I’ve done a lot of not-so-smart things. I broke my car windshield once, with my foot. The music blared, the coeds approached, I found myself on the roof dancing and in need of a grand exit. So, I attempted to hop off over the hood. Ankle hits the windshield. Glass breaks. There you have it.
Even as I write this out, I’m overthinking whether I should or not. What will you think of me? (That’s an easy answer). Why was I so stupid? (Again, easy). No one else does ridiculous stuff like that.
I have this tendency to feel down about myself. When I do something as foolish as to break my car windshield by jumping off the roof, I deserve some shame. That’s not the issue. My problem is that when I feel low, I shift my focus inward. For hours, weeks, and days, sometimes months, I evaluate my thoughts, my feelings, and my actions.
I compare myself to everyone around me. And it happens whether I’ve done something foolish or not. I overthink everything. I wonder why I’m not as talented as my coworker. There are times when I wonder why I’m so down in the dumps. What decisions did I make to usher myself to this point? My character must be in disarray.
Psychologists call this type of behavior self-focused rumination.
In her book The How of Happiness: A Scientific Approach to Getting the Life You Want, Sonja Lyubomirsky challenges the notion that looking inward will help us find solutions to our troubles.
She writes, “Numerous studies over the past two decades have shown that to the contrary, overthinking ushers in a host of adverse consequences: It sustains or worsens sadness, fosters negatively biased thinking, impairs a person’s ability to solve problems, saps motivation, and interferes with concentration and initiative.”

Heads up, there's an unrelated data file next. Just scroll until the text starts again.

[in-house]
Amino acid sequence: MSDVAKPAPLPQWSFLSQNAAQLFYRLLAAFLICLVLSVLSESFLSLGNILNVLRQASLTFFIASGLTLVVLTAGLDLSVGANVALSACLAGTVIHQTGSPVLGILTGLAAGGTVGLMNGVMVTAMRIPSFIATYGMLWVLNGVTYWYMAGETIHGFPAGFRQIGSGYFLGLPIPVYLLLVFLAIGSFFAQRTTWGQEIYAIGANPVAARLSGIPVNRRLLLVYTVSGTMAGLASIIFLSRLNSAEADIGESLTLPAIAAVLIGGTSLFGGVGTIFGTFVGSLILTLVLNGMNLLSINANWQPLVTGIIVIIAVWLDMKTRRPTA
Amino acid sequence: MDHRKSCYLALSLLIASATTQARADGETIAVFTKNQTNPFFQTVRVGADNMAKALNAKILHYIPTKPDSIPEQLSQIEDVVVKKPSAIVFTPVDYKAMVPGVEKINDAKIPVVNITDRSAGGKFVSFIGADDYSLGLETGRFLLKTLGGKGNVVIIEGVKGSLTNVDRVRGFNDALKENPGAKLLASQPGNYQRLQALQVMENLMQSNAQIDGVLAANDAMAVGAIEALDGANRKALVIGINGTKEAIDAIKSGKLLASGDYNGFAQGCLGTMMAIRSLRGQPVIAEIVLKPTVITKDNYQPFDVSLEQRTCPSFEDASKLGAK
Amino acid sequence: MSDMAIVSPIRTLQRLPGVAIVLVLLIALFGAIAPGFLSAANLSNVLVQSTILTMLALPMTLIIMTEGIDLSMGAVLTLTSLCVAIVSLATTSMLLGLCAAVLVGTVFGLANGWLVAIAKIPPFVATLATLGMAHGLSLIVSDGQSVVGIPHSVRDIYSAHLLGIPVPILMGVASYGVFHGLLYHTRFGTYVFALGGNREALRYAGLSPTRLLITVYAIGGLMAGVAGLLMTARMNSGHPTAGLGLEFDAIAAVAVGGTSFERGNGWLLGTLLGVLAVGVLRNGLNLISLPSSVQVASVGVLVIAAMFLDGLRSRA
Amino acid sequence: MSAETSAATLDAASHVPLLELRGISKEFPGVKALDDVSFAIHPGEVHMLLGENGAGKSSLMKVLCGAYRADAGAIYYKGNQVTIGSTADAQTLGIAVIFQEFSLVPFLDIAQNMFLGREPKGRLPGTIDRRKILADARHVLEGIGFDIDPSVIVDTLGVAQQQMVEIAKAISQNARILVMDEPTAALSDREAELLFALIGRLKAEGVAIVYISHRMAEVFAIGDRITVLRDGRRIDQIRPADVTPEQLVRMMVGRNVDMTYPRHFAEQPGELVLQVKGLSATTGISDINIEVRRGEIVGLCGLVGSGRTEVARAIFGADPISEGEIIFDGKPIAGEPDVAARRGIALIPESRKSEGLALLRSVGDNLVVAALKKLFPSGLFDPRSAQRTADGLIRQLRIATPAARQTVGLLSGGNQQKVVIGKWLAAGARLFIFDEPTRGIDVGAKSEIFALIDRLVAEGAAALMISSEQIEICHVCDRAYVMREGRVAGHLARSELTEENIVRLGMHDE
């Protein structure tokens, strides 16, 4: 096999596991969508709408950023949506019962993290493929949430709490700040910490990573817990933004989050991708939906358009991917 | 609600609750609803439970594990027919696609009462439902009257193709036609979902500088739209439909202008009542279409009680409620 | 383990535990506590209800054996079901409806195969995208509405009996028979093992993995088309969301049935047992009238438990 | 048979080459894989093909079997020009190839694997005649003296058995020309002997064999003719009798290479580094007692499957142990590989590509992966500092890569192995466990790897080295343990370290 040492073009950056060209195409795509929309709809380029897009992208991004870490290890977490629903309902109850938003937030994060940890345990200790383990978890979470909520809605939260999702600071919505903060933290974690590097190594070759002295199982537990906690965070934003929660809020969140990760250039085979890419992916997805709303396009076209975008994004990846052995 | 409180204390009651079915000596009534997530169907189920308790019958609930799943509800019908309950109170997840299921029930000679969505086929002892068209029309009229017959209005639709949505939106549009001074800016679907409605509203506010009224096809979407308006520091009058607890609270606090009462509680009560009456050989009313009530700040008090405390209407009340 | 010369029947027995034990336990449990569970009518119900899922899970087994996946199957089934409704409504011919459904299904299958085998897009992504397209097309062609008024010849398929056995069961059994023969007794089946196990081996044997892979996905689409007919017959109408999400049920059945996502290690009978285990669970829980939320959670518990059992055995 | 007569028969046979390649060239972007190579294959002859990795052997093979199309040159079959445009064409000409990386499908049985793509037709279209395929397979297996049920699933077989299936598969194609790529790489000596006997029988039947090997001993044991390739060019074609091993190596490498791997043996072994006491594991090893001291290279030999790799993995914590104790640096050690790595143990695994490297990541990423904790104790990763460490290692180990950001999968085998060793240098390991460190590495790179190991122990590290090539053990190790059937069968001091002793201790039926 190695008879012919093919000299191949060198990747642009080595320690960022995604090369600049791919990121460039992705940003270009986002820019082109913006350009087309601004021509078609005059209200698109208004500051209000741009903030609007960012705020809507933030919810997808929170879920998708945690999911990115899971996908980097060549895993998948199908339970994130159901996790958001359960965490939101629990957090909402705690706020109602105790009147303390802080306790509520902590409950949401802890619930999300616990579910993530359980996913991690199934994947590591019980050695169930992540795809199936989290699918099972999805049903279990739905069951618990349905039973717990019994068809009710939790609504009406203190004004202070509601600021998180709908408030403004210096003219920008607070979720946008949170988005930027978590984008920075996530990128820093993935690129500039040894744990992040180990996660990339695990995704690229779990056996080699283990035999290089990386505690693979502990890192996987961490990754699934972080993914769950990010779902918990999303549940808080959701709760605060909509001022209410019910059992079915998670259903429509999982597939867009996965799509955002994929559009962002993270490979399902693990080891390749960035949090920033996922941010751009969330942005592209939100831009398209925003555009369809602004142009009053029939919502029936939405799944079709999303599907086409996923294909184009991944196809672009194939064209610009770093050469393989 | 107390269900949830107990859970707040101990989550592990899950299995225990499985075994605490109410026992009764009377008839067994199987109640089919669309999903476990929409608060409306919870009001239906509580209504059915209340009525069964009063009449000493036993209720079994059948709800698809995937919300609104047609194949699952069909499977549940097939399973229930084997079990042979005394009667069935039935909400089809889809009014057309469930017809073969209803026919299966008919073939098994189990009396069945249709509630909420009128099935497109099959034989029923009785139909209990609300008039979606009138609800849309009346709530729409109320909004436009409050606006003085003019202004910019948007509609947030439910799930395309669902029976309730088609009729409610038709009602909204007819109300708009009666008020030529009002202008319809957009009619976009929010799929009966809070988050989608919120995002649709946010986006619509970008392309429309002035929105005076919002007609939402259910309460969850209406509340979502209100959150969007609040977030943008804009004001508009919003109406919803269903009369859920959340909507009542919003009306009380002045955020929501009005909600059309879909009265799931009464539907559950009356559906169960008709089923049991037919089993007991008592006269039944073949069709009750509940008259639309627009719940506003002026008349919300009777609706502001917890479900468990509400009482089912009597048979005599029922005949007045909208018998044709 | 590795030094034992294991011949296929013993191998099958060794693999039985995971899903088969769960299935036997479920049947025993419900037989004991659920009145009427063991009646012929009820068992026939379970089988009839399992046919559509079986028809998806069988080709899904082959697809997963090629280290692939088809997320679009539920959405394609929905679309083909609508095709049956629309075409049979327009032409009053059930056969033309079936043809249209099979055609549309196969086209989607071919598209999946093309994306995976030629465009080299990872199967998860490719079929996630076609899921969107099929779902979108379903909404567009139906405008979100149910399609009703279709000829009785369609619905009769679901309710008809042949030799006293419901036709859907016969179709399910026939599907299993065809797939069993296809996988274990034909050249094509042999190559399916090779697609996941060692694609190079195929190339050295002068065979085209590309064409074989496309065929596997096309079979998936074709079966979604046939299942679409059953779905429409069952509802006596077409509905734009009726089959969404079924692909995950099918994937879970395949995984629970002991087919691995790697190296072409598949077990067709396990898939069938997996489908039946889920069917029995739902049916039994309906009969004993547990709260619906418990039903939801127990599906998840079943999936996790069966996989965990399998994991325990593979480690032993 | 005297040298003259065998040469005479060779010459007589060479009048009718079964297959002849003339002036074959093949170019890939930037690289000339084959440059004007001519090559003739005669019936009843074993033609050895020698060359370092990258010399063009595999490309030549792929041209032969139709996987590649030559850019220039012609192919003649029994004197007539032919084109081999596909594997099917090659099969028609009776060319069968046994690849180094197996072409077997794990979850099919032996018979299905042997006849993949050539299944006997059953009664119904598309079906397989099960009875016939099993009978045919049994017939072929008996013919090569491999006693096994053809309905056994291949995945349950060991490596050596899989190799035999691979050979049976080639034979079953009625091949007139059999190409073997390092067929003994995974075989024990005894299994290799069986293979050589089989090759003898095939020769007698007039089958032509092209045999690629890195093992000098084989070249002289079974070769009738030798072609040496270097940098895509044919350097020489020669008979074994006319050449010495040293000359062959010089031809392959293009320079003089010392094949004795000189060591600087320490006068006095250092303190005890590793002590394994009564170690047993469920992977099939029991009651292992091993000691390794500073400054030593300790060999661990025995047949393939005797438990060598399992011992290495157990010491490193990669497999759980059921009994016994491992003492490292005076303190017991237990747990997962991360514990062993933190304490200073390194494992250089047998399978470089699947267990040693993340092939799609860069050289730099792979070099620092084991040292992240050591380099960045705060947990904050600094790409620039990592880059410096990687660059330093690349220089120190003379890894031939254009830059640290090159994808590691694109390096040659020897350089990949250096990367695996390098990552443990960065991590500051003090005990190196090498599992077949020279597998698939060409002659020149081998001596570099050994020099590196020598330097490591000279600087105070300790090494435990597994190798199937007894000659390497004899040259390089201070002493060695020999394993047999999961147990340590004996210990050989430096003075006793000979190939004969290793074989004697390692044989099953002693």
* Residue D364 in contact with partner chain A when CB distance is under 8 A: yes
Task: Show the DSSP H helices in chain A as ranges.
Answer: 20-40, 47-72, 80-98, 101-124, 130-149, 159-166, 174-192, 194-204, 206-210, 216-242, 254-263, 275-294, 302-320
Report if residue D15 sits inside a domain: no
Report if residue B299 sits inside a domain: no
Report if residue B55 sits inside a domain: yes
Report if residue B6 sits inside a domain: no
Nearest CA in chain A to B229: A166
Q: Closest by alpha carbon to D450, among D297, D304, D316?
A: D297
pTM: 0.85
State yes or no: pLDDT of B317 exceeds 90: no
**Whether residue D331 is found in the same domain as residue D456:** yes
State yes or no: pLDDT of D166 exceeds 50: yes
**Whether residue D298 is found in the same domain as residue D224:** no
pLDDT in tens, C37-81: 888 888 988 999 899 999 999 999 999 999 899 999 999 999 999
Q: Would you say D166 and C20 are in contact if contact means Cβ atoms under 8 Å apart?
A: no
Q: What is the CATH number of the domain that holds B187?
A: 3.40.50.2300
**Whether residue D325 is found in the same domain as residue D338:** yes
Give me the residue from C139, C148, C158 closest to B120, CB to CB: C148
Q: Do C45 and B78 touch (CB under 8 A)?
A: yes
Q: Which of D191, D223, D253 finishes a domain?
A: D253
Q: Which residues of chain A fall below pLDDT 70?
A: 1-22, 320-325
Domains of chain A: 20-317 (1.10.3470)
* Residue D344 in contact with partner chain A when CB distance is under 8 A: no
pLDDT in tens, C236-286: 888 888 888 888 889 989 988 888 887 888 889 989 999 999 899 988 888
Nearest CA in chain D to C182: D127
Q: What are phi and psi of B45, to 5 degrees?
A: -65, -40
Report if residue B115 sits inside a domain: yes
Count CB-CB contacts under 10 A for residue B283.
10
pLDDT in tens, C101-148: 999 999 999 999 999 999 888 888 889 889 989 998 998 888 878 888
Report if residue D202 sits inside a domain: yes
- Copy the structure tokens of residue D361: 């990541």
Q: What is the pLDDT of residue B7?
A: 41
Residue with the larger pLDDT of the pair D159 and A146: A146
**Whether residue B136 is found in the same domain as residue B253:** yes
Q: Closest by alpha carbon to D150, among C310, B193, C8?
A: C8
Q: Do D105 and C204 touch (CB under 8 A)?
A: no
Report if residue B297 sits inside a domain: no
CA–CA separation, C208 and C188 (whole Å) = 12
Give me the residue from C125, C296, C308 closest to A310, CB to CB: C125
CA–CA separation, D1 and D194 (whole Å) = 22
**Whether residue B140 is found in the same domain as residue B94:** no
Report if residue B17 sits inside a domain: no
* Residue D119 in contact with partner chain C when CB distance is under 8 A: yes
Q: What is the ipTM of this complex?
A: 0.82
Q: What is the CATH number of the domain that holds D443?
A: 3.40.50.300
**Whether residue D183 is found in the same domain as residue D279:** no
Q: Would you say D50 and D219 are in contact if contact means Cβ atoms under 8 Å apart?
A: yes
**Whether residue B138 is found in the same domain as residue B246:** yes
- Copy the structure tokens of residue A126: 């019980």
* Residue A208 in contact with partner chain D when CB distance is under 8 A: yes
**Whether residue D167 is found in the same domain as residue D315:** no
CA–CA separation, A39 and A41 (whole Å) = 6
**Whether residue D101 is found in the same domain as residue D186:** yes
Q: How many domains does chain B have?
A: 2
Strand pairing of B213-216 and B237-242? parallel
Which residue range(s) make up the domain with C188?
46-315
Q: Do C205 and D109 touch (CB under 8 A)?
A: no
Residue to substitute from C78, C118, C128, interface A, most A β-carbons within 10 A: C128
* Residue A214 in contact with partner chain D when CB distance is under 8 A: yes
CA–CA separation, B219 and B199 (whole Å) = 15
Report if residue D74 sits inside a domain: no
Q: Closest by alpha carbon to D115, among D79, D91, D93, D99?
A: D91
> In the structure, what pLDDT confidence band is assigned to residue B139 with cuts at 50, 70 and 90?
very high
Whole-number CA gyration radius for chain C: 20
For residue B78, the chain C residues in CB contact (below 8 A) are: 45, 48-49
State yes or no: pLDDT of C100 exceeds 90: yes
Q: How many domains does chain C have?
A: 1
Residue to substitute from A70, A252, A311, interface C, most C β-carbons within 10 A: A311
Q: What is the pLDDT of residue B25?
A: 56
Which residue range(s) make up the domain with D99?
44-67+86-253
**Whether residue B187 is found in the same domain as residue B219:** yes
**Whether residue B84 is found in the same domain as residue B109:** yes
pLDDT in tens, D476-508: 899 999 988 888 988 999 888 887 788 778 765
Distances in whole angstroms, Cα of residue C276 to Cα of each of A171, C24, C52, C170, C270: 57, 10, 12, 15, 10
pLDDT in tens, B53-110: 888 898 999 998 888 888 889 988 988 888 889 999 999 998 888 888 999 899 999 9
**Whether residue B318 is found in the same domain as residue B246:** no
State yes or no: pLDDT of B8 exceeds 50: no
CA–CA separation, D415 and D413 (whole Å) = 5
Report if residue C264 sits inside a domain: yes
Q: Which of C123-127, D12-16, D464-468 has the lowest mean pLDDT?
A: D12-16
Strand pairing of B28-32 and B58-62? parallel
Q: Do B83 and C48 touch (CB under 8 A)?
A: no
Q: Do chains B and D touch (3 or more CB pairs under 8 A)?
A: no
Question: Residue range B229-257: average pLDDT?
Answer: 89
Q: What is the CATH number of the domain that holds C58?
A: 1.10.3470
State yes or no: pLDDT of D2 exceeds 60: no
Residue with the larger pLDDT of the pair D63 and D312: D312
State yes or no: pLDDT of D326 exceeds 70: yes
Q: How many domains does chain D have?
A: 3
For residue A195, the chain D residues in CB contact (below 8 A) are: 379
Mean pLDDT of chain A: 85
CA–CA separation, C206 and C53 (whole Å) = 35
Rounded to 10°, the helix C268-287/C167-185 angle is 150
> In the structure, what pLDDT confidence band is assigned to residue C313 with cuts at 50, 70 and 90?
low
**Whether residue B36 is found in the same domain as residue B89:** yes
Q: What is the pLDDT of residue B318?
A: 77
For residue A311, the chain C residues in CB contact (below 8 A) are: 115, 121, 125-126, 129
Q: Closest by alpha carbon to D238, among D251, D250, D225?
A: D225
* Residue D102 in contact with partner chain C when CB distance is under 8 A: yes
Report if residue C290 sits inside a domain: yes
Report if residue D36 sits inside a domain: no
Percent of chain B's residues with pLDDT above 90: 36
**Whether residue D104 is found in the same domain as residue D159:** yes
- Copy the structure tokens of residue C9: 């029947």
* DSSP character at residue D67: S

For years, I thought I was doing myself favors by evaluating myself so thoroughly. I’ve only been hurting my well-being.
I recently took a course to become certified in Teaching English as a Foreign Language (TEFL). I compared myself to everyone in the classroom and pessimistically decided that I was the worst student.
During the section of the course on grammar, I struggled. I did not have the knowledge I thought I should have. After all, I’m a journalist. I’ve been an editor. I’ve written for the USA Today network. Still, I struggled with the content. I use English daily, but during the course, I struggled to break down its components.
I would return home deflated. Angry. Pessimistic. I’d ruminate for hours over wrong answers I gave and look inside myself to try to correct my blunders, my flawed character. My performance tanked. I started clamming up in class. I panicked when I was called on. My confidence plummeted. I started thinking, “If I’m struggling now, what makes me think I can be an English teacher.” Or, “Wow, maybe I should forget a masters in English or Journalism. I’m not cut out for this.”
The truth is, I thought looking inside myself would give me insight. Instead, it blotted out the facts: I write well, and I am qualified to teach. I can learn the intricacies of grammar. It takes time. Deep thoughts of my performance distorted my worth.
I’ve been working on ending the habit of overthinking. My primary strategy: distraction. I can use my tendency to get lost in thought as an ally. When I start to get down on myself or compare myself to others, I focus on something else—like sports or my blog.
I get lost in a book. Or, I’ll take my wife on a coffee date. Do whatever you love. Watch a movie, go to the market, hike, bike, run, play an instrument, invite friends over for a night of board games–do anything to get out of your head.
“Sometimes all it takes to stop ruminating is to get up and leave the scene of the crime,” writes Lyubomirsky.
She offers two other strategies in her book, but I’ve found the distraction technique most helpful. I have OCD, so my mind will ruminate whether I want it to or not. If I try to fight repeating thoughts by saying words like “Stop,” and “No,” it will only fan the flames. But, if I steer my mind in a different direction (“Squirrel!”), then I can reap the benefits of the activities I enjoy. Those directions boost my mood and my confidence, bringing me closer to the truth: I’m human and imperfect, but I’m working to be better each day.
I am only responsible for me. And the best me lives outside of my ruminations.